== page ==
When US destroyers attempted bumps, the Soviet crews were usually able to turn away just in time to avoid it. Naturally, these same destroyers were often equipped with extra electronics equipment and personnel. It is a testament to the skill of both the Soviet and Allied sailors during the Cold War that, in spite of the thousands of close contacts between US Carrier Group vessels and Soviet trawlers, there were no collisions.
In 1965, the US commissioned a new class of Spy Ship, which it intended to use to approach Soviet waters more closely. The small (by US standards) Banner class ships were 176 feet in length and more maneuverable than other US Navy Spy Ships then in operation.
USS Banner, image courtesy of US Navy
In June of 1966, the USS Banner entered contested waters when she crossed the entrance to the Bay of Cape Povorotny. The Soviets responded by dispatching a squadron of destroyers and several patrol craft to harass the Banner. The incident ended with a collision between the Banner and the Soviet trawler Anemometr. No serious injuries were reported, and both sides chose to keep the incident quiet. The intelligence gathered by the USS Banner during this and similar operations was considered to be of very high value by both the US Navy and the US intelligence community in general.
With an increased presence of both US warships and Soviet vessels in the Gulf of Ton-kin during the 1960s due to the Vietnam conflict, more dangerous incidents occurred. On two occasions, Soviet and US ships made sufficiently hard contact to cause moderate damage. In the Sea of Japan, closer to their home ports and Soviet air bases, the Soviet trawlers tended to be even more aggressive with US ships.
In 1967, after much nagging by the Pentagon, the US State Department delivered proposed Rules of Engagement for contacts between Soviet and US vessels at sea. The Soviets initially ignored the proposal, but by the late 1960s, the Soviet Navy was sending larger and increasingly more expensive ships to the Mediterranean and other oceans. For the Soviets, collisions could now involve something far more valuable than a cheap trawler.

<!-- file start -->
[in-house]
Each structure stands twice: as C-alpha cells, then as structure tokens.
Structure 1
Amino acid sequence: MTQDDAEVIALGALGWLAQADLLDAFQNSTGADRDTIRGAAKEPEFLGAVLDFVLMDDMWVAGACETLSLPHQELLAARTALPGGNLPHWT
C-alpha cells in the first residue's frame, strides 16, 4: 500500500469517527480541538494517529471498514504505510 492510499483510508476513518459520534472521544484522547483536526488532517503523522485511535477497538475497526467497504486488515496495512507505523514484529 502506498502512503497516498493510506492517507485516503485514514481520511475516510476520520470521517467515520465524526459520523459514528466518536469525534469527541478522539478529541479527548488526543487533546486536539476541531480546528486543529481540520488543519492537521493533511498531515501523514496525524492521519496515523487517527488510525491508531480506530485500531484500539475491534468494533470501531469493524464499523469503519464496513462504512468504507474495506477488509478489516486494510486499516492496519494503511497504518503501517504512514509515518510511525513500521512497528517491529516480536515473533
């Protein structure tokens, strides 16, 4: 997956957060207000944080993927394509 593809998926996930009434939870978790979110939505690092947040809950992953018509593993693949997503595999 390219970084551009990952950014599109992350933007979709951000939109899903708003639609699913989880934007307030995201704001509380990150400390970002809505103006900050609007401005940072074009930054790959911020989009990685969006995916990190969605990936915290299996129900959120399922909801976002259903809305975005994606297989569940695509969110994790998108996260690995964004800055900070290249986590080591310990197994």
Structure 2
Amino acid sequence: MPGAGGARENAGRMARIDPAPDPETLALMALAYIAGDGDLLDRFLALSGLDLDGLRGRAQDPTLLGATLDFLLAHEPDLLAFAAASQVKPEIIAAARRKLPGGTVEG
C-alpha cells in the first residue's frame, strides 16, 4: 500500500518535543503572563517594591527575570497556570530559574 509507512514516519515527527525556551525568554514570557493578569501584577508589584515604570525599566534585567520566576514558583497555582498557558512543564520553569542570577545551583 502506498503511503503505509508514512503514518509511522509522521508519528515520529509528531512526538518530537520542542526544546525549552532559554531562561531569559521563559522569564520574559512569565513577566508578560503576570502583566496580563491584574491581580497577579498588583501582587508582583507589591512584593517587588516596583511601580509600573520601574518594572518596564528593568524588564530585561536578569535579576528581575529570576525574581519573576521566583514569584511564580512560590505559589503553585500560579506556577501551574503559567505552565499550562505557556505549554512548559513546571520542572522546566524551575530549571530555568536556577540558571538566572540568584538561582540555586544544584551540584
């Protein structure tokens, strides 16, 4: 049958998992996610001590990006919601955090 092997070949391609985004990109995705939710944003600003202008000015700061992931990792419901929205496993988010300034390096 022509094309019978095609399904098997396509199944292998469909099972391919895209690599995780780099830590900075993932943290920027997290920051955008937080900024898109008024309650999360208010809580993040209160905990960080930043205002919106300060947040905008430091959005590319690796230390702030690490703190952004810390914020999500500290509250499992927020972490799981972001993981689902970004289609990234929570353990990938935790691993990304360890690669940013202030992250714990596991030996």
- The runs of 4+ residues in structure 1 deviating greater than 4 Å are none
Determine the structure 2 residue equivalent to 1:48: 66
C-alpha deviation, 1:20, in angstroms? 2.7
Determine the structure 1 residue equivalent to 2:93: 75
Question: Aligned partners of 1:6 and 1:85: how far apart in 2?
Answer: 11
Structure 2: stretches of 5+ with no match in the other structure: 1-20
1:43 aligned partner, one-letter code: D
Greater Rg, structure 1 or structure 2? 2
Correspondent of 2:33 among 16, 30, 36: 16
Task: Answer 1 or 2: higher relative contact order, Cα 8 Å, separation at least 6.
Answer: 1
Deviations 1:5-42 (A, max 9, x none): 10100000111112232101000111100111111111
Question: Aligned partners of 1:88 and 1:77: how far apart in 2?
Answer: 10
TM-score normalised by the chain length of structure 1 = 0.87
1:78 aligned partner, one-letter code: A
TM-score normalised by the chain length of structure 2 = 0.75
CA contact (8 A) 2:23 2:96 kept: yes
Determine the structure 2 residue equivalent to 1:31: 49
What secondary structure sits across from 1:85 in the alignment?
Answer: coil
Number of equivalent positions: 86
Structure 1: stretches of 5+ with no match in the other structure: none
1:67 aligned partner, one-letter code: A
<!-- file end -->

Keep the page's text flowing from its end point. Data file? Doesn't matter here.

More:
While the Soviet Defense Ministry and Navy were thrilled that they could finally operate credible war ships in international waters, they were at the same time investing assets that were not as disposable. The harassment game became more balanced, and the Soviets had more reason to avoid collisions at sea.
In 1971, talks concerning rules for contact between the US and Soviets began in earnest, and by now the Soviet Navy was actually impatient to conclude an agreement. They had decided to captain and man their newer, larger deep sea naval vessels with young personnel who had more modern training rather than their older senior officers and senior petty officers.
In the long run, this provided the best results for them, but in the short term with so many inexperienced personnel at sea, the Soviets were concerned that their youngsters would miscalculate and cause a serious incident that could result in a political defeat for the Soviet Navy at the Politburo, along with a reduction in hard to come by funding. Denting or sinking a cheap trawler was one thing. Damaging an expensive new Soviet destroyer or cruiser would be quite another.
In Moscow on May 25, 1972 while the Cold War was raging, the USSR and the US quietly signed an agreement that both sides could live with. Although the agreement did not completely eliminate incidents at sea between the two nations, it greatly reduced them.
The trawlers continued their spy work but usually with less reckless behavior. Soviet submarines increasingly joined them in their spy efforts. Even today, forty years later, the now “Russian” trawlers remain an inexpensive and highly effective intelligence platform for the Russians.
Although they were part of a system that I spent my life opposing in one form or another, I must grant some respect, if not appreciation, for the efforts of the Soviet trawler crews. They went to sea for long cruises (often six months) in uncomfortable vessels and routinely risked being sunk by any US ship that might have miscalculated their relative positions and speeds.
Can you imagine being at sea in one of those over-sized toys off the coast of Newfoundland all winter long? Can you imagine turning your little trawler across the path of an oncoming aircraft carrier?
What has changed again in the last few years is the degree of recklessness of the Russian trawlers and freighters. It seems that Czar Putin is more willing than the old Soviets to escalate a conflict between Russia and the US Navy.
But that’s a story for another day.
~ Jay Holmes